Multi-transfer payments

Projects will often allow users to have multiple accounts and pay for an order using more than one. This will involve several transfers and needs some careful handling in your application code.

It normally makes sense to write your own wrapper around the accounts API to encapsulate your business logic and error handling. Here's an example:

from decimal import Decimal as D
from accounts import models, exceptions, facade


def redeem(order_number, user, amount):
    # Get user's non-empty accounts ordered with the first to expire first
    accounts = models.Account.active.filter(
        user=user, balance__gt=0).order_by('end_date')

    # Build up a list of potential transfers that cover the requested amount
    transfers = []
    amount_to_allocate = amount
    for account in accounts:
        to_transfer = min(account.balance, amount_to_allocate)
        transfers.append((account, to_transfer))
        amount_to_allocate -= to_transfer
        if amount_to_allocate == D('0.00'):
            break
    if amount_to_allocate > D('0.00'):
        raise exceptions.InsufficientFunds()

    # Execute transfers to some 'Sales' account
    destination = models.Account.objects.get(name="Sales")
    completed_transfers = []
    try:
        for account, amount in transfers:
            transfer = facade.transfer(
                account, destination, amount, user=user,
                description="Order %s" % order_number)
            completed_transfers.append(transfer)
    except exceptions.AccountException, transfer_exc:
        # Something went wrong with one of the transfers (possibly a race condition).
        # We try and roll back all completed ones to get us back to a clean state.
        try:
            for transfer in completed_transfers:
                facade.reverse(transfer)
        except Exception, reverse_exc:
            # Uh oh: No man's land.  We could be left with a partial redemption. This will
            # require an admin to intervene.  Make sure your logger mails admins on error.
            logger.error("Order %s, transfers failed (%s) and reverse failed (%s)",
                         order_number, transfer_exc, reverse_exc)
            logger.exception(reverse_exc)

        # Raise an exception so that your client code can inform the user appropriately.
        raise RedemptionFailed()
    else:
        # All transfers completed ok
        return completed_transfers

As you can see, there is some careful handling of the scenario where not all transfers can be executed.

If you using Oscar then ensure that you create an OrderSource instance for every transfer (rather than aggregating them all into one). This will provide better audit information. Here's some example code:

    try:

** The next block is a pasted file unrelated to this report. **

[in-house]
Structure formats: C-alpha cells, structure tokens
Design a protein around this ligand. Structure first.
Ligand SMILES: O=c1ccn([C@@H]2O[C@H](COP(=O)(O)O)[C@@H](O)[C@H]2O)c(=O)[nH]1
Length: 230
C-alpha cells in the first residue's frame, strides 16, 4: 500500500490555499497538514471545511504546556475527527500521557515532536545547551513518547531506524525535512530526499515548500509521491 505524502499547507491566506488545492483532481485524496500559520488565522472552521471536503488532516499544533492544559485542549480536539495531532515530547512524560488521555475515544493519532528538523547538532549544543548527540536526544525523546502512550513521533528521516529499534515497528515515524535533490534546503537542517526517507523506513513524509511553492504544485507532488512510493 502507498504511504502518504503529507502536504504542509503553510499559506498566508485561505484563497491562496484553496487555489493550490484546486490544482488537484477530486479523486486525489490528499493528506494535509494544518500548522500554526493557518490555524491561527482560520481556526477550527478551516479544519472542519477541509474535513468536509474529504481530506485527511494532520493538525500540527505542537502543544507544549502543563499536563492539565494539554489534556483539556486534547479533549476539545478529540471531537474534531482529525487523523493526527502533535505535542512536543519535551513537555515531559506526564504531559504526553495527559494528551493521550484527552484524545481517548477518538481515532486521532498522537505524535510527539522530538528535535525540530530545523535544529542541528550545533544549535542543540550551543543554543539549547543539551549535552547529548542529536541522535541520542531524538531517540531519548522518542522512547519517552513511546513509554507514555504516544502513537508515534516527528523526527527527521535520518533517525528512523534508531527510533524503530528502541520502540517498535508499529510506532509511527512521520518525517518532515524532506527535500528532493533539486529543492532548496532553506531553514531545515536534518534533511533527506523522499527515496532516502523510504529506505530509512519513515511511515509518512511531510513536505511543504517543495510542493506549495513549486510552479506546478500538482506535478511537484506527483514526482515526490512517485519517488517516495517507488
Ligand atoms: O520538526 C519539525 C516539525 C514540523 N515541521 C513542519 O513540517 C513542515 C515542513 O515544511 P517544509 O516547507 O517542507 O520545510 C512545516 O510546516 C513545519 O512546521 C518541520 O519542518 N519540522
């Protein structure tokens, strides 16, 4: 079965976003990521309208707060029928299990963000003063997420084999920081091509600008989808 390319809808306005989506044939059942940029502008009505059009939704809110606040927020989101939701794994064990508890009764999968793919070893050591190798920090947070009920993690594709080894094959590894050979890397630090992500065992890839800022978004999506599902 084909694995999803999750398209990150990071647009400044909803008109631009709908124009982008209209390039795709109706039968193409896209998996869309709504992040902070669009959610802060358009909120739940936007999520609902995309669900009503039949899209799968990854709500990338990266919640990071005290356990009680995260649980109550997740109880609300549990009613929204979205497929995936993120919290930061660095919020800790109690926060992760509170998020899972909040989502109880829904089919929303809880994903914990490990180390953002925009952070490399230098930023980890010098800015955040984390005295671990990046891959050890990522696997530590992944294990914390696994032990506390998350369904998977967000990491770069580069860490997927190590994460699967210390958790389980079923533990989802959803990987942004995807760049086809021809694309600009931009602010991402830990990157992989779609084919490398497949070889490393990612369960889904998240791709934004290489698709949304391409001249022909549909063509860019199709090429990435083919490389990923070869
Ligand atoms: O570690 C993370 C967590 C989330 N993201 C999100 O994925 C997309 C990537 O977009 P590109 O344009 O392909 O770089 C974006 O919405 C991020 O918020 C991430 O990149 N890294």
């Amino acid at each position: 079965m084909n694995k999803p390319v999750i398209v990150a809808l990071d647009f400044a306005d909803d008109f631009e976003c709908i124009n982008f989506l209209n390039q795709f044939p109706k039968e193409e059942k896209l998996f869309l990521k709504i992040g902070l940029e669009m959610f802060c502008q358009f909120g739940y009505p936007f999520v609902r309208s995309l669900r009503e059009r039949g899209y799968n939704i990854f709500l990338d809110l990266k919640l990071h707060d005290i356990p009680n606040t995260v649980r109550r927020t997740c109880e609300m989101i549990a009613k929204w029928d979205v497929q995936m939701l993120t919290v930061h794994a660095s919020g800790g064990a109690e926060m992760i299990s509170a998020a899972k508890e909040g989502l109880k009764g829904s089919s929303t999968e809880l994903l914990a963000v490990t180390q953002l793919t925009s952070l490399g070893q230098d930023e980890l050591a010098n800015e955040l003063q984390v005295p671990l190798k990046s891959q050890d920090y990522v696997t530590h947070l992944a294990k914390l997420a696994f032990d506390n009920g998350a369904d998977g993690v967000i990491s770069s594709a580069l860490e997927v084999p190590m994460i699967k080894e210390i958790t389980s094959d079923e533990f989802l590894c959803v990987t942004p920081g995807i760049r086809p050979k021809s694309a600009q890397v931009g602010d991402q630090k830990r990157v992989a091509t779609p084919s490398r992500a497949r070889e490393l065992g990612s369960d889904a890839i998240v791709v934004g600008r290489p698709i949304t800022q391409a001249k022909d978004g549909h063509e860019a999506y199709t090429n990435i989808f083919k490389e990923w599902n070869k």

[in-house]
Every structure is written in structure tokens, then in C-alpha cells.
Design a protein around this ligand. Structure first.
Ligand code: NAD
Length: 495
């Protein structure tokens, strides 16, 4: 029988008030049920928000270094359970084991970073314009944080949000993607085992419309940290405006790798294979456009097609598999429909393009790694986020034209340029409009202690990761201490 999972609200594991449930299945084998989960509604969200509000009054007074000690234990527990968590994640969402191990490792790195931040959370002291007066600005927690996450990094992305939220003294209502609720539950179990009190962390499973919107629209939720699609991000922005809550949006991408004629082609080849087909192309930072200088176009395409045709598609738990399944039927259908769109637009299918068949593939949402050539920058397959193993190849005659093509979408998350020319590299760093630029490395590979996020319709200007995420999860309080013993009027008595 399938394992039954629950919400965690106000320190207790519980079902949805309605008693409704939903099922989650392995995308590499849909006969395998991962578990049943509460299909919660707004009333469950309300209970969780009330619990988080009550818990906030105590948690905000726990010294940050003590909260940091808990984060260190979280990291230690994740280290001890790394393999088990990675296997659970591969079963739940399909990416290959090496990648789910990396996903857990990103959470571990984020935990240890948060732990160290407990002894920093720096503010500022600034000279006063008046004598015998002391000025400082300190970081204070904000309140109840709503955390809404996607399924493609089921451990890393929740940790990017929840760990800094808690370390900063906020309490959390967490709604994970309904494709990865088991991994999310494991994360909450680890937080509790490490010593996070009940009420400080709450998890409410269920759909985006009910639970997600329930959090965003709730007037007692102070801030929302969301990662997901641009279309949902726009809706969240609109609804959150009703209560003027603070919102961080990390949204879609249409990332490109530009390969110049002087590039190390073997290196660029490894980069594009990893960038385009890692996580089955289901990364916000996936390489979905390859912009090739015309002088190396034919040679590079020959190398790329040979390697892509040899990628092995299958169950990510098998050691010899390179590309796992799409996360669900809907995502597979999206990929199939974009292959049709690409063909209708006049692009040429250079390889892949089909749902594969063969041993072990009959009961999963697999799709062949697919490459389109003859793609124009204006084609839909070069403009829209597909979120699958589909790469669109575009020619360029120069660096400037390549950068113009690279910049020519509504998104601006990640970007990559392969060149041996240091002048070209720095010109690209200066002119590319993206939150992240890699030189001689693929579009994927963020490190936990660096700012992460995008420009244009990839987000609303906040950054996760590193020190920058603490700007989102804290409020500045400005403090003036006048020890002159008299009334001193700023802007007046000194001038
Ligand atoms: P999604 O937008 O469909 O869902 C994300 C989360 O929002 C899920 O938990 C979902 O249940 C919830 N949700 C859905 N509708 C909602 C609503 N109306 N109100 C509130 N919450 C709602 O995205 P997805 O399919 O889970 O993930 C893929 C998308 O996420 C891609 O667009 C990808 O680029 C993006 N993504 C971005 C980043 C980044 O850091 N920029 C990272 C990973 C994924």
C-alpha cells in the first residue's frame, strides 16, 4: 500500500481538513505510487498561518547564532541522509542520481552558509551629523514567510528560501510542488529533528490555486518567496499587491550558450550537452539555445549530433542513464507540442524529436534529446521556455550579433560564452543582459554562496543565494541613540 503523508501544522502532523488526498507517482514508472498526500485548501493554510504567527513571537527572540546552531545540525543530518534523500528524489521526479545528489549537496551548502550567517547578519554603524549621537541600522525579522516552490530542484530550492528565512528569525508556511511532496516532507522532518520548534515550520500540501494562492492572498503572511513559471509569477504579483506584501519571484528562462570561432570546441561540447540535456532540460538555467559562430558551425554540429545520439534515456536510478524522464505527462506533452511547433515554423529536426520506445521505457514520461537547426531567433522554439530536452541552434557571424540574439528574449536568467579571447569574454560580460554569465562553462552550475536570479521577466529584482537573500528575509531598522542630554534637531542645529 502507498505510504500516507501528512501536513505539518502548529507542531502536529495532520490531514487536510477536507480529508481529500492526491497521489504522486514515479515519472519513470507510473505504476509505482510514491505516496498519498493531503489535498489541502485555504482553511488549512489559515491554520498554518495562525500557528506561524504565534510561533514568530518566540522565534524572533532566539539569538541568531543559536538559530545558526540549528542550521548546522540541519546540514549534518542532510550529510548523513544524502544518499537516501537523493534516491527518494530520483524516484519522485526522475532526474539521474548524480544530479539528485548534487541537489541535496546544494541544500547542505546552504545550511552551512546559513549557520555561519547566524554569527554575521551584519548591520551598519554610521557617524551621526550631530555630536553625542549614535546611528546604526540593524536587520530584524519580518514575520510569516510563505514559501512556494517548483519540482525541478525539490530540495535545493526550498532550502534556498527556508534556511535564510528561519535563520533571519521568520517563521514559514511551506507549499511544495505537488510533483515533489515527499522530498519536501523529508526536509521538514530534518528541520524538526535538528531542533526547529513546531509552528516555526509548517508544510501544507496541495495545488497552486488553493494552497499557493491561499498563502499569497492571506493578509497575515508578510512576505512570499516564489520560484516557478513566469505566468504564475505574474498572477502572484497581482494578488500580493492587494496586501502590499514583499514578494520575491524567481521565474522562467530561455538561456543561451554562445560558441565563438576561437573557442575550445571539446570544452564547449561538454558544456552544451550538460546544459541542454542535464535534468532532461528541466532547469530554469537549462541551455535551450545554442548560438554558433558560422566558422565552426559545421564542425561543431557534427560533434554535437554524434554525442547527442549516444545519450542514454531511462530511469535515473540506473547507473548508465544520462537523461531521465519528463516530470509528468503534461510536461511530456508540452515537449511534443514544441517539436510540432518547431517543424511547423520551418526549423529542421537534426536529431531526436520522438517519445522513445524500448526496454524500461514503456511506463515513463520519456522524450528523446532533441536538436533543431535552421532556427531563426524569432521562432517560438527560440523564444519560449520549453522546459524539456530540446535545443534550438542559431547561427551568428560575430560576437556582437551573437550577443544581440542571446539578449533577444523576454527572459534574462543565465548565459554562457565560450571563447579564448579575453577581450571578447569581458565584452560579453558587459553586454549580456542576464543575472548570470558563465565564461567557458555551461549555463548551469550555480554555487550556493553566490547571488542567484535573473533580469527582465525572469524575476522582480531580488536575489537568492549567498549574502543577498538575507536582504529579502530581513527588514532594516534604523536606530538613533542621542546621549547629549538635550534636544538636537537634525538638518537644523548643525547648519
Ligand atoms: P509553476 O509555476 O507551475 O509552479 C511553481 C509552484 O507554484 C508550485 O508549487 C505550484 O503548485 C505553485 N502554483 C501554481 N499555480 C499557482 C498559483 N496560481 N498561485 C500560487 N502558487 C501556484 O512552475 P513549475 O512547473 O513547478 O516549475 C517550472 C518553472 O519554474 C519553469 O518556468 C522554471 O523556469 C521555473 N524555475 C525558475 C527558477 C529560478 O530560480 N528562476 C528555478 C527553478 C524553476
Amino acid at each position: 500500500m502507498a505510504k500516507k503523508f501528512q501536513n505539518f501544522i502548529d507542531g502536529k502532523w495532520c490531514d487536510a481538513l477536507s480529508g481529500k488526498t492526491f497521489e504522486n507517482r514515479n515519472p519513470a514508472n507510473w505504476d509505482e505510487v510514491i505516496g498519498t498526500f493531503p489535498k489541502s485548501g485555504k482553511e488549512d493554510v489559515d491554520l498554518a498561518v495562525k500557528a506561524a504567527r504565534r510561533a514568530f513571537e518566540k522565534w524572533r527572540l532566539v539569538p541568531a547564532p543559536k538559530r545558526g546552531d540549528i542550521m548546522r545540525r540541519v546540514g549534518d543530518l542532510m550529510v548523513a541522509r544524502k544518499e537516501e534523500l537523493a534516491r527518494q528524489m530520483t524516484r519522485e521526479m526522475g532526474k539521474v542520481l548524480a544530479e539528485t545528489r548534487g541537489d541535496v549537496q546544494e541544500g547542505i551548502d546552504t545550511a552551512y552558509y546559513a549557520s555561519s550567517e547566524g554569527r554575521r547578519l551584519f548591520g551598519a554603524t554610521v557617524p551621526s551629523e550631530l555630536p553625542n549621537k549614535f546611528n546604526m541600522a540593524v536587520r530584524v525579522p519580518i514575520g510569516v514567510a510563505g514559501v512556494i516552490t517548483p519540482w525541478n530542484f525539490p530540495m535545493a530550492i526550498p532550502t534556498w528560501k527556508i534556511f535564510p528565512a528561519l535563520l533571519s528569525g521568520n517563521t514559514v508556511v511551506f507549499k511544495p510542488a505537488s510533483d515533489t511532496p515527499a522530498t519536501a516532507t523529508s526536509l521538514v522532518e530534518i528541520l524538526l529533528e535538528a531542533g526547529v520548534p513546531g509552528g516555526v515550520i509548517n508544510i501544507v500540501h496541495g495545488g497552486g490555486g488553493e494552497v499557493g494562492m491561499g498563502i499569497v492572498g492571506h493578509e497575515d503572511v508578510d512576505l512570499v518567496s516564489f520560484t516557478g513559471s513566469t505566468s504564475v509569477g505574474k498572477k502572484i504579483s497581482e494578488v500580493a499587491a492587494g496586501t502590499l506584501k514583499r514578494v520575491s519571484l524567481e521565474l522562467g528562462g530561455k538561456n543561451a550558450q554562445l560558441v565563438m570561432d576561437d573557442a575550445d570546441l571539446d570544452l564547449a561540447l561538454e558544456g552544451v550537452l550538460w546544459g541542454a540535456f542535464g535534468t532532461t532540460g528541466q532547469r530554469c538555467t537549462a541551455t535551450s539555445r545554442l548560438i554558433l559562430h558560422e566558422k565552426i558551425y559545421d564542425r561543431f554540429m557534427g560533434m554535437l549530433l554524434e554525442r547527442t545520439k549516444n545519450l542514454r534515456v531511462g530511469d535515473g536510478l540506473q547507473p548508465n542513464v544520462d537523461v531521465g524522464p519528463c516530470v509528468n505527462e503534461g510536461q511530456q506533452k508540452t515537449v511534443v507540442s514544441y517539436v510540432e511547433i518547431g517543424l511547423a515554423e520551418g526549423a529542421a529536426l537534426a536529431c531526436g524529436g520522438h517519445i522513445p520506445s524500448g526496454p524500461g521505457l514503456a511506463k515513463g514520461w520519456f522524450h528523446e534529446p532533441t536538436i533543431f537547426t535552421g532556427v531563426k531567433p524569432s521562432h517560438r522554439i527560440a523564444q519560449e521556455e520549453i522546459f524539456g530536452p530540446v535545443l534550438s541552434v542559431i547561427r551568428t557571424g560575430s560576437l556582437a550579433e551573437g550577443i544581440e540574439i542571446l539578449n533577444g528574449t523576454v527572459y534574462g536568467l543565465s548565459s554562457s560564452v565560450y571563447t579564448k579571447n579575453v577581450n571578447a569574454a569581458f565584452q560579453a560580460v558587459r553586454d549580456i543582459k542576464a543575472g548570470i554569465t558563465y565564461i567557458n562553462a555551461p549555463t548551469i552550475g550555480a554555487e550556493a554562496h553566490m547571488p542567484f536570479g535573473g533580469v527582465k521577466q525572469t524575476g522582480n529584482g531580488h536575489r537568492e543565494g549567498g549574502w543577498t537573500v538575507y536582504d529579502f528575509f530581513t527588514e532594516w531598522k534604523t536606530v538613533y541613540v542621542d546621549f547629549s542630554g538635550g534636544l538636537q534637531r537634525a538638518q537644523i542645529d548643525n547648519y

transfers = api.redeem(order_number, user, total_incl_tax)
    except Exception:
        # Inform user of failed payment
    else:
        for transfer in transfers:
            source_type, __ = SourceType.objects.get_or_create(name="Accounts")
            source = Source(
                source_type=source_type,
                amount_allocated=transfer.amount,
                amount_debited=transfer.amount,
                reference=transfer.reference)
            self.add_payment_source(source)

Core accounts and account types

A post-syncdb signal will create the common structure for account types and accounts. Some names can be controlled with settings, as indicated in parentheses.

  • Assets

    • Sales

      • Redemptions (ACCOUNTS_REDEMPTIONS_NAME) - where money is transferred to when an account is used to pay for something.
      • Lapsed (ACCOUNTS_LAPSED_NAME) - where money is transferred to when an account expires. This is done by the 'close_expired_accounts' management command. The name of this account can be set using the ACCOUNTS_LAPSED_NAME.
    • Cash

      • "Bank" (ACCOUNTS_BANK_NAME) - the source account for creating new accounts that are paid for by the customer (eg a giftcard). This account will not have a credit limit and will normally have a negative balance as money is only transferred out.
    • Unpaid - This contains accounts that are used as sources for other accounts but aren't paid for by the customer. For instance, you might allow admins to create new accounts in the dashboard. An account of this type will be the source account for the initial transfer.

  • Liabilities

    • Deferred income - This contains customer accounts/giftcards. You may want to create additional account types within this type to categorise accounts.

Example transactions

Consider the following accounts and account types:

  • Assets
    • Sales
      • Redemptions
      • Lapsed
    • Cash
      • Bank
    • Unpaid
      • Merchant funded
  • Liabilities
    • Deferred income

Note that all accounts start with a balance of 0 and the sum of all balances will always be zero.

A customer purchases a £50 giftcard

  • A new account is created of type 'Deferred income' with an end date
  • £50 is transferred from the Bank to this new account

A customer pays for a £30 order using their £50 giftcard

  • £30 is transferred from the giftcard account to the redemptions account

The customer's giftcard expires with £20 still on it

  • £20 is transferred from the giftcard account to the lapsed account

The customer phones up to complain and a staff member creates a new giftcard for £20

  • A new account is created of type 'Deferred income'
  • £20 is transferred from the "Merchant funded" account to this new account

Settings

There are settings to control the naming and initial unpaid and deferred income account types:

  • ACCOUNTS_MIN_INITIAL_VALUE The minimum value that can be used to create an account (or for a top-up)

  • ACCOUNTS_MAX_INITIAL_VALUE The maximum value that can be transferred to an account.

Contributing

Fork repo, set-up virtualenv and run:

make install

Run tests with:

./runtests.py